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Following the comments of Caroline Lucas, I am sure that it would be possible to provide the Leader of the House with a pillow to make him more comfortable, as he seems to be struggling during the debate.
I rise to support Sir Oliver Letwin. We have a simple objective: to block no deal and secure a resolution to the crisis and chaos that the country faces. A series of Government reports have set out the consequences of no deal, the most recent of which is on Operation Yellowhammer. It refers to medicine, fuel and food shortages, and increased risks on the border between Northern Ireland and Ireland. The Government have been so shocked and embarrassed that they have attempted to sanitise the report—in fact, they have tried to make it disappear. However, it is in the interests of all our constituents—apart, of course, from those who are busy shorting the pound—to block no deal. We are not talking, as Ministers do, about bumps in the road; we are talking about job losses and business closures.
The Government claim that taking no deal off the table would damage our prospects of securing a deal. The first problem I have with that argument is that walking away without a deal is not like walking out of the car showroom without a car; in a no-deal scenario, we will be forced to leave with the banger with bald tyres and a chipped windscreen. The second problem, as set out by the right hon. Member for West Dorset, is that no deal will damage us far more than it will our EU friends. With no deal, the EU will get a headache, but we will get severe angina.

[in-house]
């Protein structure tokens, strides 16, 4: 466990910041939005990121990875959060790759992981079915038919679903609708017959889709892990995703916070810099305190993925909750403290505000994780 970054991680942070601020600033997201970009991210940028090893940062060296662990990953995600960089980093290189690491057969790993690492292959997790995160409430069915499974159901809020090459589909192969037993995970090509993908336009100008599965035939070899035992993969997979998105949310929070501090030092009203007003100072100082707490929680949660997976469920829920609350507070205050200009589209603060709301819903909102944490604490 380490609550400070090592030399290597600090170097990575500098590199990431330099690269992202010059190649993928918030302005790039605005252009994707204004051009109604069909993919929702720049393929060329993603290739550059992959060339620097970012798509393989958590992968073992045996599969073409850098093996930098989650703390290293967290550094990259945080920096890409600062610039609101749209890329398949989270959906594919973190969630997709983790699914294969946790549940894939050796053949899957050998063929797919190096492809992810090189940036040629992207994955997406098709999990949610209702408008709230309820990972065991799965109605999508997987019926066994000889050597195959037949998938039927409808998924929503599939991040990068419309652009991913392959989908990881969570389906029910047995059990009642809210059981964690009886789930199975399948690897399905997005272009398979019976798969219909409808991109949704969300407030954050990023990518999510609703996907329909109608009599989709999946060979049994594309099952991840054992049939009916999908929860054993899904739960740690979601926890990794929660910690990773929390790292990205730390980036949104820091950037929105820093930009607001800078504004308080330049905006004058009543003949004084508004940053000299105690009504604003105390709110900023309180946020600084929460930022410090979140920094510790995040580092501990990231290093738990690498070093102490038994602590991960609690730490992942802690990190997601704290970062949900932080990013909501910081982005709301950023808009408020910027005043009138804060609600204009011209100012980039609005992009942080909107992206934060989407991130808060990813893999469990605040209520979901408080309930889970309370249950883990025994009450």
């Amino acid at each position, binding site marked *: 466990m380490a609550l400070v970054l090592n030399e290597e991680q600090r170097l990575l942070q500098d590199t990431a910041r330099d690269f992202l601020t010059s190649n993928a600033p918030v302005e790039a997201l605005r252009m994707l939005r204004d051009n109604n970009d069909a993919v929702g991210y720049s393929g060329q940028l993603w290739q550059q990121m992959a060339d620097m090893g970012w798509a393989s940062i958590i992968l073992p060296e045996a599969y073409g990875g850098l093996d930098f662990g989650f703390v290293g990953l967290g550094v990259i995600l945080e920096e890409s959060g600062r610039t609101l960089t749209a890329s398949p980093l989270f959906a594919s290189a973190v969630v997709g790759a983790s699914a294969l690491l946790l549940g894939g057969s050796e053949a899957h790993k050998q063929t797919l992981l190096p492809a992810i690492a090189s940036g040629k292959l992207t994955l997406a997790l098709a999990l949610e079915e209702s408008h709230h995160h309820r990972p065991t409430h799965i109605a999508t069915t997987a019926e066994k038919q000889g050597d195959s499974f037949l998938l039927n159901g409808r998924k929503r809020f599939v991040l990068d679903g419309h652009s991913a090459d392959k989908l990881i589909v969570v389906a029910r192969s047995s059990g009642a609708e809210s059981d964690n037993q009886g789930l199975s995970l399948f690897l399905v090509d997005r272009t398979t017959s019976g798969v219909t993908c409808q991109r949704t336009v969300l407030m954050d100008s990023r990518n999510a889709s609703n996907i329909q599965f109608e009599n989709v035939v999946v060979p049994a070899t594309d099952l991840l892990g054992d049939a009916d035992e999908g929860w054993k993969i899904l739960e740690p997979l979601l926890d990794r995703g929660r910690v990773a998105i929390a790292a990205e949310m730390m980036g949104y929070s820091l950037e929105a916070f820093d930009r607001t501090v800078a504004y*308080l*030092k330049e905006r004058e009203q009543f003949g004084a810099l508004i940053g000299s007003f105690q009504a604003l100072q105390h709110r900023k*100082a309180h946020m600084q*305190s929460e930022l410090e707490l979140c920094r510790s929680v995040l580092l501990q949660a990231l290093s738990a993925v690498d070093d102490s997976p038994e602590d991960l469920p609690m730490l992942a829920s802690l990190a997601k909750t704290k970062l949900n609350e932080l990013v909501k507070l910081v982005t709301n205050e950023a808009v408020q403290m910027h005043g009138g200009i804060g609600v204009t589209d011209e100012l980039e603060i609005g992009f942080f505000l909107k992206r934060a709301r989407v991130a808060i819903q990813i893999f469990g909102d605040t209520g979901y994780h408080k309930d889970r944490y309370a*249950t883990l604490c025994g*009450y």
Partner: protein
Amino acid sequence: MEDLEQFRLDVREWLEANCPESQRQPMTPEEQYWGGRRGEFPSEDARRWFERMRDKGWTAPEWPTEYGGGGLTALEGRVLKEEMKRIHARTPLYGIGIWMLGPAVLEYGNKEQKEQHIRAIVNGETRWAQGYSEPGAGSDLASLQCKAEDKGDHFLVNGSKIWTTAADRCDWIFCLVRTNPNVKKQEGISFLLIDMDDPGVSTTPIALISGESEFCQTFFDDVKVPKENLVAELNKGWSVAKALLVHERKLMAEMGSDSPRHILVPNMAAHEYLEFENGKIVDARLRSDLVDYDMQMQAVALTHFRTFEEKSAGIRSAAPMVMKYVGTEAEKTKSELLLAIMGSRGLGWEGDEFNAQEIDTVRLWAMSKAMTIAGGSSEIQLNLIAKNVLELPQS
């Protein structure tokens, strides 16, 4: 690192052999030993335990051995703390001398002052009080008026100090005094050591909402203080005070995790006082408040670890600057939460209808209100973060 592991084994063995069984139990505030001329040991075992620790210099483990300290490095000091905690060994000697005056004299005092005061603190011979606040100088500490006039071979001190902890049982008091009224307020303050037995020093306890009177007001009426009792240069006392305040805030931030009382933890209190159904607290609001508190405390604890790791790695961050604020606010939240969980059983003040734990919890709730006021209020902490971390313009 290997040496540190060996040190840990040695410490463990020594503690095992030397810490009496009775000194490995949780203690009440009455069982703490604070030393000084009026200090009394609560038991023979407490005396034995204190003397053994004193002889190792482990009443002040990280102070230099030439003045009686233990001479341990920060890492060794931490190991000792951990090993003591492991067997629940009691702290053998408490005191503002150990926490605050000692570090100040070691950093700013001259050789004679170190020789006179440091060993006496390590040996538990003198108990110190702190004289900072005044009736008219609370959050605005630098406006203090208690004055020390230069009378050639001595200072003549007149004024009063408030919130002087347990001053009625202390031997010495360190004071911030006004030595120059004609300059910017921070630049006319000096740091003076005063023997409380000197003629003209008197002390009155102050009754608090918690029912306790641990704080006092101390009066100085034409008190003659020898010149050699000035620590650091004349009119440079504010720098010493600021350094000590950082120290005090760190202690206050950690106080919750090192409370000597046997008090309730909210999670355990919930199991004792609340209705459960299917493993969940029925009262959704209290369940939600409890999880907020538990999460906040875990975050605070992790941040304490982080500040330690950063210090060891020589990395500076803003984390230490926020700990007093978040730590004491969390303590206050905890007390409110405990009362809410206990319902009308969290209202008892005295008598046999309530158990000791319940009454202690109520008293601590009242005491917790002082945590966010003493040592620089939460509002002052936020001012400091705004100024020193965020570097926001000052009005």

The final problem is that there is no evidence that the Government are seeking a deal. The EU-UK website lists three documents since June that touch on the issue. There have been a couple of calls between our Prime Minister and Jean-Claude Juncker. There has been our chief negotiator, David Frost, going to Brussels, but he has said that under no circumstances would he even allow a technical extension to article 50, which of course we all know would be required if the Government were in fact to secure a deal. I have asked colleagues in the European Parliament, and we have asked Guy Verhofstadt, whether there is any evidence whatsoever that the Government are seeking a deal, and the answer is that there is total radio silence from the UK Government on deal negotiations. Of course, the charming Dominic Cummings—the man who has staff escorted off the premises by armed police officers—let the cat out of the bag when he said that the negotiations are a “sham”.
In conclusion, tonight we must act, first, to stop a calamitous, jobs-destroying, influence-sapping no-deal Brexit; secondly, to force the Government to find a way out of a paralysis that is destroying our country’s credibility, tearing communities apart and stopping the Government dealing with the real problems we face as a nation; thirdly, to allow the people to express their views on the appropriateness of a no-deal Brexit; and finally, to demonstrate that the UK Parliament will resist the shutdown of our democracy and the authoritarian power grab of a rogue minority Government.